Bengaluru is the district where the most number of languages are spoken in the country, says a recent analysis of the 2011 Census by a Delhi-based academician. No less than 107 languages are spoken in Bengaluru, including 22 scheduled and 84 non-scheduled languages.
The other districts where more than 100 languages are spoken are Dimapur of Nagaland (103) and Sonitpur of Assam (101), says the analysis by Shamika Ravi, a non-resident senior fellow of Brookings Institution, and Mudit Kapoor, associate professor of economics at Indian Statistical Institute.
The list of districts where more than 90 languages are heard includes Jalpaiguri in Bengal (98), East Khasi Hills in Meghalaya (96), South West Delhi (97), Karbi Anglong in Assam (95), Pune (93), and Darjeeling (91).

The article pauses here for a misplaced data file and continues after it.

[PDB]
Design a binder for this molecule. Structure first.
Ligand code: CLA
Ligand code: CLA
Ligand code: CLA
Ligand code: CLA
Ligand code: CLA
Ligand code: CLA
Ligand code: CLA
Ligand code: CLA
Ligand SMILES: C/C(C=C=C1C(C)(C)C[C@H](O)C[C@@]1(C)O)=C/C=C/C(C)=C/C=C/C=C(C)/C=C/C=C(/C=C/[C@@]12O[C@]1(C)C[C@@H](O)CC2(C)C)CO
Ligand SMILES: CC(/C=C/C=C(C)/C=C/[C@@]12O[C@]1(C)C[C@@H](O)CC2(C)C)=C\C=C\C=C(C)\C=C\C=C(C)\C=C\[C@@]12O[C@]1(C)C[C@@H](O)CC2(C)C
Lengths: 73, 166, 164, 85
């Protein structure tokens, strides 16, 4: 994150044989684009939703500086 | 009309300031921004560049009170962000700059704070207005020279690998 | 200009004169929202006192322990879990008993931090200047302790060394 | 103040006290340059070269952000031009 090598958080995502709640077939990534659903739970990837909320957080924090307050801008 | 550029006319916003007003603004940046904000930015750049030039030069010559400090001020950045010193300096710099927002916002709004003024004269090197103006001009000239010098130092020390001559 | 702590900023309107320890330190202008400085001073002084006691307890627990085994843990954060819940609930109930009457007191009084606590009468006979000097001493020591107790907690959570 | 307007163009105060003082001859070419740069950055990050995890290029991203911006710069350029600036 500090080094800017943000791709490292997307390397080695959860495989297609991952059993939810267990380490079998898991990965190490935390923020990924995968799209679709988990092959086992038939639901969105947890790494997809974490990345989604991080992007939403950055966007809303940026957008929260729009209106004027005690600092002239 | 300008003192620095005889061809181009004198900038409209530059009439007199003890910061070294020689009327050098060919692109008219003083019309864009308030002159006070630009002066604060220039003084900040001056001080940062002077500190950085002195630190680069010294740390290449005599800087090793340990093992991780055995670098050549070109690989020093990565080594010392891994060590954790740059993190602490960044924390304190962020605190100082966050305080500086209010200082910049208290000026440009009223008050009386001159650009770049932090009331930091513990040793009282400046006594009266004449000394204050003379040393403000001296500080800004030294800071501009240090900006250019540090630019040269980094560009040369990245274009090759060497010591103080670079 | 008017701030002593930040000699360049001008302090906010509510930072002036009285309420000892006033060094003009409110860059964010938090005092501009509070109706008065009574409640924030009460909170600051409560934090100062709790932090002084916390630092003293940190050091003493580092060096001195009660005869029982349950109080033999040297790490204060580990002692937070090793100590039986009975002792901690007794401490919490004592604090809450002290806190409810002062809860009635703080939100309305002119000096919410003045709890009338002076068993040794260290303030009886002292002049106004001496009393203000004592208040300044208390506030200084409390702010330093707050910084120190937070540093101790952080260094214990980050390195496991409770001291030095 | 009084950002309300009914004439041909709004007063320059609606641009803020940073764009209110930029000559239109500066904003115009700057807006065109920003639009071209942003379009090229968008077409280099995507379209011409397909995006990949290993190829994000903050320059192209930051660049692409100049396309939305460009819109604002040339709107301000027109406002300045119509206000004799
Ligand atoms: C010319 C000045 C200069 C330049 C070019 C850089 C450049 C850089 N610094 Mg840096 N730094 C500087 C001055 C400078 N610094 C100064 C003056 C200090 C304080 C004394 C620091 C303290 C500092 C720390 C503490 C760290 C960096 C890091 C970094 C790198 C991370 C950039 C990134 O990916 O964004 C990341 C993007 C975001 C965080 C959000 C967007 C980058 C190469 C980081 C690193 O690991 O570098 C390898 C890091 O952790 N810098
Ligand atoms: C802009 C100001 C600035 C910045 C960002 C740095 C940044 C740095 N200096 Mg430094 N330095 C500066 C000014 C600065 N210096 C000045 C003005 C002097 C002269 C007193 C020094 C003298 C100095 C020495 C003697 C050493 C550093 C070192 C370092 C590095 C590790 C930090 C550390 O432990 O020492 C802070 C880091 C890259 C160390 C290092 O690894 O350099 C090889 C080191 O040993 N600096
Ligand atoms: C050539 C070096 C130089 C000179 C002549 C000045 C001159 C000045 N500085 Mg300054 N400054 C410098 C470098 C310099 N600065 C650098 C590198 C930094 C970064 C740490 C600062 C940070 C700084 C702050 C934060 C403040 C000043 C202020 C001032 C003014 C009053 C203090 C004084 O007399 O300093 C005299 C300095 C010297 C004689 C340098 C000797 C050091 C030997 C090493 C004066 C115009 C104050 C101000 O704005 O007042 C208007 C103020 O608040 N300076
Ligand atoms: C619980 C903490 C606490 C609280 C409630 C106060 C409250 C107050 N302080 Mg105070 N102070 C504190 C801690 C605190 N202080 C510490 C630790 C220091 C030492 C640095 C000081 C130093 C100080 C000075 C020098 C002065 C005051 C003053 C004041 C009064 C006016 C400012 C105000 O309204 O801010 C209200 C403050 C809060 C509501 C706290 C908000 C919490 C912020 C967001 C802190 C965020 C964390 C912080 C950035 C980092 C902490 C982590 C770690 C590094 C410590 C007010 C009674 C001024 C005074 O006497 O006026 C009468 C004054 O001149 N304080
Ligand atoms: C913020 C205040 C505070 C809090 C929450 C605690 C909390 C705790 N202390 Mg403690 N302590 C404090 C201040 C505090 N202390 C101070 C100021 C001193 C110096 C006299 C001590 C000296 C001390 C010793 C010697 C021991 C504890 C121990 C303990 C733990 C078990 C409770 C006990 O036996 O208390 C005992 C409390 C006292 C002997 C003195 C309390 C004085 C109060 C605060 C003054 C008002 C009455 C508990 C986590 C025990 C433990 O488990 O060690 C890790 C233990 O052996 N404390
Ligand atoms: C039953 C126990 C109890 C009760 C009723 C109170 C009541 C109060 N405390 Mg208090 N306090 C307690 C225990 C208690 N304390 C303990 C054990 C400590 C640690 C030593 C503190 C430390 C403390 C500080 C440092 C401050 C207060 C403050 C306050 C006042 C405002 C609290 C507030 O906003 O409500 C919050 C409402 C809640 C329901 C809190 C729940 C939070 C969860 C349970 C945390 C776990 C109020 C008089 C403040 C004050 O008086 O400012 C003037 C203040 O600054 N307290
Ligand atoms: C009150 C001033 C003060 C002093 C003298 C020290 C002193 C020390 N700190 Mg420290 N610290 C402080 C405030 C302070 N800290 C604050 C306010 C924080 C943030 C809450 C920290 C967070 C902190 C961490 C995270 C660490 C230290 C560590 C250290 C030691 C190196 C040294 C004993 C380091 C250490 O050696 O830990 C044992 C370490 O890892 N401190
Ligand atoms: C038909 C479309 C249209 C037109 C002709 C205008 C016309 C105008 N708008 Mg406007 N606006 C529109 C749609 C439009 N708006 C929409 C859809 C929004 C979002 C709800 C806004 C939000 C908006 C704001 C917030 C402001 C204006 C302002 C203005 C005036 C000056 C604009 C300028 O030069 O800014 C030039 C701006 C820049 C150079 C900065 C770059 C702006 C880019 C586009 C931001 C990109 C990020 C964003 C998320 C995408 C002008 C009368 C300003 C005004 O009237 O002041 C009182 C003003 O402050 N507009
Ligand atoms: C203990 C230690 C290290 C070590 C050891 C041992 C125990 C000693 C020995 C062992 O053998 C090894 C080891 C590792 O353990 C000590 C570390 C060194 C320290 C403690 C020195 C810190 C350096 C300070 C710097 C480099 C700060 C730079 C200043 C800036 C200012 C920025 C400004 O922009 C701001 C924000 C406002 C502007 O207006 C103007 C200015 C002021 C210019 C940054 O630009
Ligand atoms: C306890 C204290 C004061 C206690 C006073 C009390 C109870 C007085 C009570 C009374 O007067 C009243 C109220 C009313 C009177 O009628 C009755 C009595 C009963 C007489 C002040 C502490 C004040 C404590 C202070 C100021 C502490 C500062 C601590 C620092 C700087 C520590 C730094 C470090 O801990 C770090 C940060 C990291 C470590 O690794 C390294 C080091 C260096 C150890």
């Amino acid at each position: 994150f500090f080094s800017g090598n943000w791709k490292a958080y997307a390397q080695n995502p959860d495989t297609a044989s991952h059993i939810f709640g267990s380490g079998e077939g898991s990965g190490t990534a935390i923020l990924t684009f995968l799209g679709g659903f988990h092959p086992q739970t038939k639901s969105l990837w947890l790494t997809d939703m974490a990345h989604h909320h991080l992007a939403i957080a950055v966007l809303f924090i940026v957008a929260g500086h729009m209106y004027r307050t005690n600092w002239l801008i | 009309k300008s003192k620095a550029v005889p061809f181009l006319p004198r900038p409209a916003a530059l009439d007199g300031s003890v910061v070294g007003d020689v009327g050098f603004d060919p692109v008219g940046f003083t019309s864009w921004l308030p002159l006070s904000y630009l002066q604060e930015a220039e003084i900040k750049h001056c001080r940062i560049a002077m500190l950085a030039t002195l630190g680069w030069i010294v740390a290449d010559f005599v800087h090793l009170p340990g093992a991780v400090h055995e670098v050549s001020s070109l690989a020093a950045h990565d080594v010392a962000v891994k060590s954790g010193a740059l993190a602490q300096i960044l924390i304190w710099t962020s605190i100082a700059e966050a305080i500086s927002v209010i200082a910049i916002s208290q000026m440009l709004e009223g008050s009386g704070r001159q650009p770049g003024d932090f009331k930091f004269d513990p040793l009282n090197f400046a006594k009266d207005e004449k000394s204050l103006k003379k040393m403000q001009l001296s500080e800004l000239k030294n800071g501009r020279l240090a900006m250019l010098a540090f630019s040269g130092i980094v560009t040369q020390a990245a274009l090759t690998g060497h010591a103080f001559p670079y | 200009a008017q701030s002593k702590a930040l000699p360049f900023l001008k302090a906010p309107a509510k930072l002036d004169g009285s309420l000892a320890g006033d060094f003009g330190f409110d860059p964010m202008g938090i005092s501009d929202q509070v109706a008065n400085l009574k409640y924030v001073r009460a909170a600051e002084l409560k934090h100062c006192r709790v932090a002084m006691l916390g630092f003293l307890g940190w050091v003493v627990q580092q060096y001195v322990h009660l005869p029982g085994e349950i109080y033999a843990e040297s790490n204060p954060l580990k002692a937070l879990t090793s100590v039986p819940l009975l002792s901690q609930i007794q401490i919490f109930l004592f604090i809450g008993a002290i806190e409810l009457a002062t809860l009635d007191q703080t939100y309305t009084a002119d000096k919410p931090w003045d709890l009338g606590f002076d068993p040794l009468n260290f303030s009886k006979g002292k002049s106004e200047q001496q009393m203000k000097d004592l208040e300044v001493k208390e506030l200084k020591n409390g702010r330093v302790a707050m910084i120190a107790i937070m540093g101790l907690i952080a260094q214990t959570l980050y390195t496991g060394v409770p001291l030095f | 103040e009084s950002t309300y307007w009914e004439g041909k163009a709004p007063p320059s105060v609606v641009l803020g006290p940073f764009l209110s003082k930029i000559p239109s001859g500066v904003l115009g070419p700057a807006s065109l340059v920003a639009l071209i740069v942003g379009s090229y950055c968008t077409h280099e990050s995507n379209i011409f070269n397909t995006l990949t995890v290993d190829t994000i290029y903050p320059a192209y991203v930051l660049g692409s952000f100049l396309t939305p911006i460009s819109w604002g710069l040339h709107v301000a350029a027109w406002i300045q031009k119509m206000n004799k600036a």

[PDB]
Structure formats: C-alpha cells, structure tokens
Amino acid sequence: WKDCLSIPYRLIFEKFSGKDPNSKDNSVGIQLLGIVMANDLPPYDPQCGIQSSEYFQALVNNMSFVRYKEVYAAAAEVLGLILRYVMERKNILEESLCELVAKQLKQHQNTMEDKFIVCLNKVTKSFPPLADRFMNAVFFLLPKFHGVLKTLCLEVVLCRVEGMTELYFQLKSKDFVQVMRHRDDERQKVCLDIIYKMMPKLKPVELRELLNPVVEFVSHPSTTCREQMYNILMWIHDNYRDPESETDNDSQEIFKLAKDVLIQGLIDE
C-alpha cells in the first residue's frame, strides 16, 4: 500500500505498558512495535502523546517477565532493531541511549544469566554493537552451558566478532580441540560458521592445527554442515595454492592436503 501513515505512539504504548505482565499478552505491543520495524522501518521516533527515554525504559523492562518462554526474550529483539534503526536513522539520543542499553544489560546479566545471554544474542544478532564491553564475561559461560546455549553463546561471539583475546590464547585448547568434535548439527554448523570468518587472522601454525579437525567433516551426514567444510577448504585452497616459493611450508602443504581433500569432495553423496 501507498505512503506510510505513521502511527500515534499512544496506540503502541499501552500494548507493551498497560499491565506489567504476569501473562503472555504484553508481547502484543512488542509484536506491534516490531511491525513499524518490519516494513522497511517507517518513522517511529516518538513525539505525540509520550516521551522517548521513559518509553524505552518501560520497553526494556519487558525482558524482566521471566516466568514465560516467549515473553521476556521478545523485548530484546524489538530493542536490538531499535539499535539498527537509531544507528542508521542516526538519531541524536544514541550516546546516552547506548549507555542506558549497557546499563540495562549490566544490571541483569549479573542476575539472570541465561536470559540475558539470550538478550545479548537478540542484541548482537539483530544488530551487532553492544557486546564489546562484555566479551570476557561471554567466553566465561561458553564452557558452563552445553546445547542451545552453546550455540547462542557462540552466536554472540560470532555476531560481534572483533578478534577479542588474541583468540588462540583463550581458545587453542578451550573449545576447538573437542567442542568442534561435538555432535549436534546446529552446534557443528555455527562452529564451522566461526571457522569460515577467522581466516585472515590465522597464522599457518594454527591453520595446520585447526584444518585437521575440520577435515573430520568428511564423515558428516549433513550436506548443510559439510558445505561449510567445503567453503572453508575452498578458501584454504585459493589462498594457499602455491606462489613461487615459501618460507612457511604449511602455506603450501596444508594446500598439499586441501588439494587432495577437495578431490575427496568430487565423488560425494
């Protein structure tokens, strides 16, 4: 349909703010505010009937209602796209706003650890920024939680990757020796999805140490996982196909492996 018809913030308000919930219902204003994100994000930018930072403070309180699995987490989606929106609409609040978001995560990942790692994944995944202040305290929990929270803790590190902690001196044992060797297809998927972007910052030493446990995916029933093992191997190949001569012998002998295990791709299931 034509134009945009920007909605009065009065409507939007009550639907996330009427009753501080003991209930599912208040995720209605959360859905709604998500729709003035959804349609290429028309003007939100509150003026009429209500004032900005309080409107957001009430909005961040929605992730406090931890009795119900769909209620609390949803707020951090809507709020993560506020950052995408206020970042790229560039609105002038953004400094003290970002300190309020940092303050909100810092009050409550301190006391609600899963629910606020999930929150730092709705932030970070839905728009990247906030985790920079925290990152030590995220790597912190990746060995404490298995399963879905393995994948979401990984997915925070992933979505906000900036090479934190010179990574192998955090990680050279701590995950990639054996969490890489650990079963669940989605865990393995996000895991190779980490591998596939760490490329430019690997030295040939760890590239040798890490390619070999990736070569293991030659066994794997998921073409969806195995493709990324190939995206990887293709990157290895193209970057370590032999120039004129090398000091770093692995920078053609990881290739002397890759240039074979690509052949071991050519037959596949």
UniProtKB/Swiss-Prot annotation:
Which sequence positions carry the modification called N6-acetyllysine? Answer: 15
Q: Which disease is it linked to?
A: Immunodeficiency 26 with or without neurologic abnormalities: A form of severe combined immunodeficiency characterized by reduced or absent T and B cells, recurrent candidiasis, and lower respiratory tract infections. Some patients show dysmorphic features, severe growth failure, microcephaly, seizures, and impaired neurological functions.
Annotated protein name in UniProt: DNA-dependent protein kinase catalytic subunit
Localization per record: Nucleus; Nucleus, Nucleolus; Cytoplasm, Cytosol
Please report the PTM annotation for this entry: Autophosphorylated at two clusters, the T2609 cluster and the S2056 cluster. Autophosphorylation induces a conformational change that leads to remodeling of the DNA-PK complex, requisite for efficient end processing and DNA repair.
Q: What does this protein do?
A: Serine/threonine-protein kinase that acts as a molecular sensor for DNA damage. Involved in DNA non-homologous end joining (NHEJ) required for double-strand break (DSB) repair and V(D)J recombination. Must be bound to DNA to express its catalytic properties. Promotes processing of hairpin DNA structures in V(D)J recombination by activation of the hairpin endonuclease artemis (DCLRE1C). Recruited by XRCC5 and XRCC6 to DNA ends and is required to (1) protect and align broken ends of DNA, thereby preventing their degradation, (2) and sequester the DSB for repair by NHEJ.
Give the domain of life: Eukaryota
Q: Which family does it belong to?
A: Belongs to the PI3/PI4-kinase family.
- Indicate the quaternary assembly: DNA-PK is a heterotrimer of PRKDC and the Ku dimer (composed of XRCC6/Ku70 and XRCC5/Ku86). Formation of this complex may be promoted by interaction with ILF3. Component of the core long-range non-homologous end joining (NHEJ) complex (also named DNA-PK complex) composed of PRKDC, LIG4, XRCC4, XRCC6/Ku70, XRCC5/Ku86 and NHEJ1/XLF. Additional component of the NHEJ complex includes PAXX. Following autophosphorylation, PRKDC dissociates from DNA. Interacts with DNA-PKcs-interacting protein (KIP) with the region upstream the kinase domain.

Mumbai suburban has 88 languages.
The least diverse districts include Yanam (Puducherry), Kaimur (Bhabua, Bihar), Kaushambi and Kanpur Dehat (UP), and Ariyalur (Tamil Nadu). In these districts, less than 20 languages are spoken.
In Bengaluru, the total percentage of people who speak Kannada is 44%. The other major languages include Tamil (15%), Telugu (14%), Urdu (12%), Hindi (6%), Malayalam (3%), Marathi (2%), Konkani (0.6%), Bengali (0.6%) and Odia (0.5%). Languages like Pochury, Kondh, Sangtam, and Wancho have the least number of speakers.
The authors point out that the census covers all languages irrespective of the size of the population that speaks it. Linguistic diversity refers to mobility and, in turn, economic outcomes. “Mobility is a good marker for economic dynamism… Language is a good proxy for talent. When people speaking very different languages are coming to one place, the driving force is economy and job opportunities. The language tree for Bengaluru shows there are people from far and wide,” said Shamika Ravi.
She also pointed out that while 100-plus languages is a lot, melting pots like New York feature 600-plus languages.